Admittedly, Liberia’s government has taken some positive steps in this regard. Though it requires revision, a national security strategy was adopted in 2008. It shifts attention from a narrow focus on state security to human security and emphasises “efficiency, transparency, accountability, democratic and civilian oversight … respect for rule of law and human rights”.
In March 2015 the government approved a security transition plan, which was endorsed by the UN Security Council. Between 30% and 35% of the plan has already been implemented; Liberia’s government aims to increase this to between 60% and 65% by the end of 2016.
The country’s security legislation has also been updated and, by June 30, three of the outstanding acts involving police, immigration and firearms were submitted to the president for consideration. So in terms of security legislation and policies, Liberia is far ahead of most – if not all – other countries in the West African sub-region.
There are still too many gaps to inspire complete confidence.
The Security Transition Plan estimates that the country will need a whopping $104 million to fill holes left by UNMIL. After some work on the plan, the cost was reduced to $38 million. The national government allocated $20 million towards plugging those holes in the last fiscal year. But it’s only disbursed half of that amount.
It also isn’t clear which institutions will take over the different functions that UNMIL has fulfilled for more than a decade. Liberia’s security forces will have to step up to provide VIP protection, aerial surveillance for border patrol and management, maritime and prison security, and bomb disposal. Only time will tell whether these priorities are met.
Liberia also hasn’t yet fully tackled the protection of civilians, intelligence gathering, and the investigation and prosecution of crimes like rape, trafficking and corruption. The country’s 6,000 police officers cannot provide effective frontline security services. They’ve had only limited training and face logistical challenges involving communication and infrastructure.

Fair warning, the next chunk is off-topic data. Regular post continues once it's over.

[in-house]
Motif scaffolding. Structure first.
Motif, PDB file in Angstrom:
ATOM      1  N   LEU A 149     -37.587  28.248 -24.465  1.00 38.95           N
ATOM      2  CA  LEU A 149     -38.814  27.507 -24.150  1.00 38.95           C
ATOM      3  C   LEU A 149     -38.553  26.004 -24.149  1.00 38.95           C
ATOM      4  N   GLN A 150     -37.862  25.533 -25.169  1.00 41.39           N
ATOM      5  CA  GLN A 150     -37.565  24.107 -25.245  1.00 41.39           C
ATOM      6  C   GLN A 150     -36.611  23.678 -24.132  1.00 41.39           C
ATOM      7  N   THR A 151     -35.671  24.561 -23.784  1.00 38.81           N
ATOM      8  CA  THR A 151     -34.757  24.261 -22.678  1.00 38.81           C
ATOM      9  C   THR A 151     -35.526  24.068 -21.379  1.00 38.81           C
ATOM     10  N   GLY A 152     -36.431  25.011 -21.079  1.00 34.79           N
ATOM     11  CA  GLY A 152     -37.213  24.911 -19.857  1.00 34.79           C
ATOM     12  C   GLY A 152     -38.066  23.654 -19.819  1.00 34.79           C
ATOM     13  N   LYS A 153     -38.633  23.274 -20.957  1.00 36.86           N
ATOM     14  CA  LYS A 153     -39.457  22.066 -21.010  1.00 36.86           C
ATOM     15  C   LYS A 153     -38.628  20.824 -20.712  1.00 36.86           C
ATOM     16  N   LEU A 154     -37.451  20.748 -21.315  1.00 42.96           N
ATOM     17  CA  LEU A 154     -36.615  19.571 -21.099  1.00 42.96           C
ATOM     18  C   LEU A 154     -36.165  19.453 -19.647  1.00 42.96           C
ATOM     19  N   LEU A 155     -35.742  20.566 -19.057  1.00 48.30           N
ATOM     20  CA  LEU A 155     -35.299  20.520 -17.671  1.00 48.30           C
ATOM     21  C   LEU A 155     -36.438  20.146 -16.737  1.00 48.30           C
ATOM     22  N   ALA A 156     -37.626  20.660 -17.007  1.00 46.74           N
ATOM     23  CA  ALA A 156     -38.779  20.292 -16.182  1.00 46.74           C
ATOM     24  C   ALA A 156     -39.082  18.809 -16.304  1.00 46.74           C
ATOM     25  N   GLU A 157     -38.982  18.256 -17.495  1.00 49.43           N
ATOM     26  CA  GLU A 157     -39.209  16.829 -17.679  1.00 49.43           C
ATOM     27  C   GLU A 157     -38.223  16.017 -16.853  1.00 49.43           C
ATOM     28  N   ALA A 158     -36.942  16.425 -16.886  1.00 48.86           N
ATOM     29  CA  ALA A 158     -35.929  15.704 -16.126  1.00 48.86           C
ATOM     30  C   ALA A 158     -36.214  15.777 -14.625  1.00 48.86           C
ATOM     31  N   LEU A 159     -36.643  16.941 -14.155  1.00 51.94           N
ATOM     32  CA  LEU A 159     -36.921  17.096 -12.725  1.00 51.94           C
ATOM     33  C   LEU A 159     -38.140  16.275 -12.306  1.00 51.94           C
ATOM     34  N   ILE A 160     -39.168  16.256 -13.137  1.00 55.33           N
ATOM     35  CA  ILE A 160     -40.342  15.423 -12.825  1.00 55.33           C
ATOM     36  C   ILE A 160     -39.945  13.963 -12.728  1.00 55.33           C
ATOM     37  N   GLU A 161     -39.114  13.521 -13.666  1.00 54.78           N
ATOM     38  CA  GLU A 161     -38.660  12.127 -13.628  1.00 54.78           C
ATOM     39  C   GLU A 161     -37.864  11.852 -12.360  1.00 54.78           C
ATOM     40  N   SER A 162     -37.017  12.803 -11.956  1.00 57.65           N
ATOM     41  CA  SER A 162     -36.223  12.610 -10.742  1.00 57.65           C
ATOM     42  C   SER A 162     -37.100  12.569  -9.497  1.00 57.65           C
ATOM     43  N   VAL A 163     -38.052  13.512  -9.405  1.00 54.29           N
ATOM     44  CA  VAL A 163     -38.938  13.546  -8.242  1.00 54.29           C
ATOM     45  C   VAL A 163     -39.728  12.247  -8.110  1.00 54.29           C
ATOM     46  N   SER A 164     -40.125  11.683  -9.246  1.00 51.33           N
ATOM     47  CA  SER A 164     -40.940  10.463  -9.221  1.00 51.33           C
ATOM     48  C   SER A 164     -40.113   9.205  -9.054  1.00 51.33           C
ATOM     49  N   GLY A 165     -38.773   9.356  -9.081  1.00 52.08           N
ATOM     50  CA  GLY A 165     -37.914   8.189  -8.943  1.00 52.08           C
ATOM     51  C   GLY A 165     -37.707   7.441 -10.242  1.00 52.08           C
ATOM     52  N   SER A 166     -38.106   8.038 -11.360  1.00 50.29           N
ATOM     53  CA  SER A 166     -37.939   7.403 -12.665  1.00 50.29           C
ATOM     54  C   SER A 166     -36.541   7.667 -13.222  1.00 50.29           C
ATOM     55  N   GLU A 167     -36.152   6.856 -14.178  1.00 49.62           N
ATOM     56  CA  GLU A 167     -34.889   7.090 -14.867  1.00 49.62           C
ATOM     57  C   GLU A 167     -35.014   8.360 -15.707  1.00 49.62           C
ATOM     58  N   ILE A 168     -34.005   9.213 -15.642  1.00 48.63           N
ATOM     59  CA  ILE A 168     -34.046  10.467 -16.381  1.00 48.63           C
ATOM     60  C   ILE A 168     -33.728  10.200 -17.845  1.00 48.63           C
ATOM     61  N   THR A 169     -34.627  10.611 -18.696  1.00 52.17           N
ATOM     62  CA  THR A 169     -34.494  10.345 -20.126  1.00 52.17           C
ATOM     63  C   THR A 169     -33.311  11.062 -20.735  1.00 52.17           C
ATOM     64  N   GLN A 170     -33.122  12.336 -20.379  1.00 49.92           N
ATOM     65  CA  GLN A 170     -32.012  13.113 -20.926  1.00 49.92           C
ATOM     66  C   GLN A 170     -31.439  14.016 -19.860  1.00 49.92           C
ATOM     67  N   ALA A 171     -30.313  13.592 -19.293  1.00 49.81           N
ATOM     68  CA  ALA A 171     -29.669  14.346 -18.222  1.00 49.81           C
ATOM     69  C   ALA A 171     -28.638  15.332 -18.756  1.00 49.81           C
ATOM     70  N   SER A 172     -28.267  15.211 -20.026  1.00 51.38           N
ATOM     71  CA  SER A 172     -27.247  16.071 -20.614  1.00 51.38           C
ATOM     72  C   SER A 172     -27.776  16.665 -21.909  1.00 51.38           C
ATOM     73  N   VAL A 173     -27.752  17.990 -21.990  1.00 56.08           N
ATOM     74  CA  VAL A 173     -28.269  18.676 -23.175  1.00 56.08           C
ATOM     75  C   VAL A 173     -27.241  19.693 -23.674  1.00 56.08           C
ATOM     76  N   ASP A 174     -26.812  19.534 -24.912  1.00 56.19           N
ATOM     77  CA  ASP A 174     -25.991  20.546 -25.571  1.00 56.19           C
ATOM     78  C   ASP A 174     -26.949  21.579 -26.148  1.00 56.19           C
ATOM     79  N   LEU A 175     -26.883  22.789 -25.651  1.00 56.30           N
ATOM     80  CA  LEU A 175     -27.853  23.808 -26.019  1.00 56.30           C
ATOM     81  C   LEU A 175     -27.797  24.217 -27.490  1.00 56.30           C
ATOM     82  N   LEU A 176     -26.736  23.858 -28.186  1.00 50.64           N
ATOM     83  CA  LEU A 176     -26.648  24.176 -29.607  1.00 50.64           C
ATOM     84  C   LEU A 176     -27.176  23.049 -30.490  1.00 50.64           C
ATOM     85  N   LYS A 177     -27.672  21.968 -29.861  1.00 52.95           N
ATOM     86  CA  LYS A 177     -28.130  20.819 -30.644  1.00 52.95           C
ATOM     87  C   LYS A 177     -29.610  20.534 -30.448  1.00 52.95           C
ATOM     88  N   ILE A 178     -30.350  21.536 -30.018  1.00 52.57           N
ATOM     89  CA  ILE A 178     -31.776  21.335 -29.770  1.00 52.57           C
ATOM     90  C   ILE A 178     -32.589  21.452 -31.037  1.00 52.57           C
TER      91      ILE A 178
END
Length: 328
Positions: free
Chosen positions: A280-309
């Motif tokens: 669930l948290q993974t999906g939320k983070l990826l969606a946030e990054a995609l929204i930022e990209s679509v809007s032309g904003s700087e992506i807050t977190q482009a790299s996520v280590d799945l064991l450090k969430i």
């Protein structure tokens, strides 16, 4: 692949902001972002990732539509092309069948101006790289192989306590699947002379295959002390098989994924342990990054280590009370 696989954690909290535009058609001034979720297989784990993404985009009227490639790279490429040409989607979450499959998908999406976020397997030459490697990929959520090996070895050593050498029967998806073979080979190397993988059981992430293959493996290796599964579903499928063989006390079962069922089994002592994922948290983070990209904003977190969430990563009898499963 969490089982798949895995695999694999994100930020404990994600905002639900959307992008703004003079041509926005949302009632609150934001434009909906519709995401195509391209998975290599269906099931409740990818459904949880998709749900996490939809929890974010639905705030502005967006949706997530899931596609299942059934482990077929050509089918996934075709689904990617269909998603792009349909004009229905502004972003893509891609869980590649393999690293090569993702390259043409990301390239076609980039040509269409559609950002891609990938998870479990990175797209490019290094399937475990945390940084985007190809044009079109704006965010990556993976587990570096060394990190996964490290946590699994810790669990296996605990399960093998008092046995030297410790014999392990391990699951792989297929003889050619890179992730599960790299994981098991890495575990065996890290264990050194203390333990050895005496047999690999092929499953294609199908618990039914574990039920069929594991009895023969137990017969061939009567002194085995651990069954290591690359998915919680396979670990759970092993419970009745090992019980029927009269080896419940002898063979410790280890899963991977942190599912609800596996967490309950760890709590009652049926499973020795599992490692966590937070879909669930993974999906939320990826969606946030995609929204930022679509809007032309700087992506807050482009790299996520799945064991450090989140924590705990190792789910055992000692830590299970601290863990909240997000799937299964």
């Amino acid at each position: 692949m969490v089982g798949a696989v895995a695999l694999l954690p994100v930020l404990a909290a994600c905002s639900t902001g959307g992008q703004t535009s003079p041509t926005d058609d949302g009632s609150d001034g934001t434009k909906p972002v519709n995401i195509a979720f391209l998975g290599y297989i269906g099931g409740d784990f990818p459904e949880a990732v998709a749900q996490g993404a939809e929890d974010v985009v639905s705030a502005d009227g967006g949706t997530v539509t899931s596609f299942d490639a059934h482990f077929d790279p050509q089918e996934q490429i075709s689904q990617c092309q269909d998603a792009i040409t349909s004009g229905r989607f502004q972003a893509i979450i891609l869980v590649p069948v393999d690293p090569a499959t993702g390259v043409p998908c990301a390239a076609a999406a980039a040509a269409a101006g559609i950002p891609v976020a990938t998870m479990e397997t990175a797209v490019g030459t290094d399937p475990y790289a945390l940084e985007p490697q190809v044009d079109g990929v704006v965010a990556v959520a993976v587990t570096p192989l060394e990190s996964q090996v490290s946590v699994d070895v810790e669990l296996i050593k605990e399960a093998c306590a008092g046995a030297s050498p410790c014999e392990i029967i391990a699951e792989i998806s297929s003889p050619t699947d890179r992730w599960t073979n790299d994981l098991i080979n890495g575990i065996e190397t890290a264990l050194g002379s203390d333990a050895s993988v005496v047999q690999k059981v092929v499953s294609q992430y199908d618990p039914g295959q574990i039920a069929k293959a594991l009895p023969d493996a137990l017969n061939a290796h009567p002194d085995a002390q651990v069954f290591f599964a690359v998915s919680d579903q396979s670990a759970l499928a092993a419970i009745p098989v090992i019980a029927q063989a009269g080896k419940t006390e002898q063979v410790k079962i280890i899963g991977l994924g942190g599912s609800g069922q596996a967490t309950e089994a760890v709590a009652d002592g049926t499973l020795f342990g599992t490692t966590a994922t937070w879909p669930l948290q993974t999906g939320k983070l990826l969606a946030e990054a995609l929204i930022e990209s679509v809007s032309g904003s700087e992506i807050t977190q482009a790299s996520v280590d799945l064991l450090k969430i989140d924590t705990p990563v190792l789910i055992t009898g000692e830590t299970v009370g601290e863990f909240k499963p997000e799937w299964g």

Now that UNMIL has withdrawn, Liberia’s peace will continue to be fragile if it focuses exclusively on security while neglecting the rule of law – particularly public defence and legal aid.
The country must confront soft security issues as well: poverty, unemployment, health pandemics and demographic changes like rural-to-urban migration and the youth bulge. These challenges will become increasingly important since UNMIL supported the livelihoods of hundreds of Liberians across the supply chain – from formal-sector UN personnel to informal semi- and low-skilled employees.
Access to medical care, education, electricity and clean water do not require soldiers or the police. Other state agencies must handle basic social services and infrastructure, which are fundamentally developmental in nature.
Everyone must get on board
A “whole of government approach” is the only way forward in the post-UNMIL era. It is clear that Liberia cannot continue to broadcast its security and development needs outwards. Instead, it must look inwards to manage what could be the most important transition in its 169-year history.
This article by co-authored by Thomas Jaye, a Liberian academic who works on post-war reconstruction and peacebuilding. He is also Deputy Director for Research at the Kofi Annan International Peacekeeping Training Centre in Accra, Ghana. This article is based on a longer piece that first appeared on openDemocracy.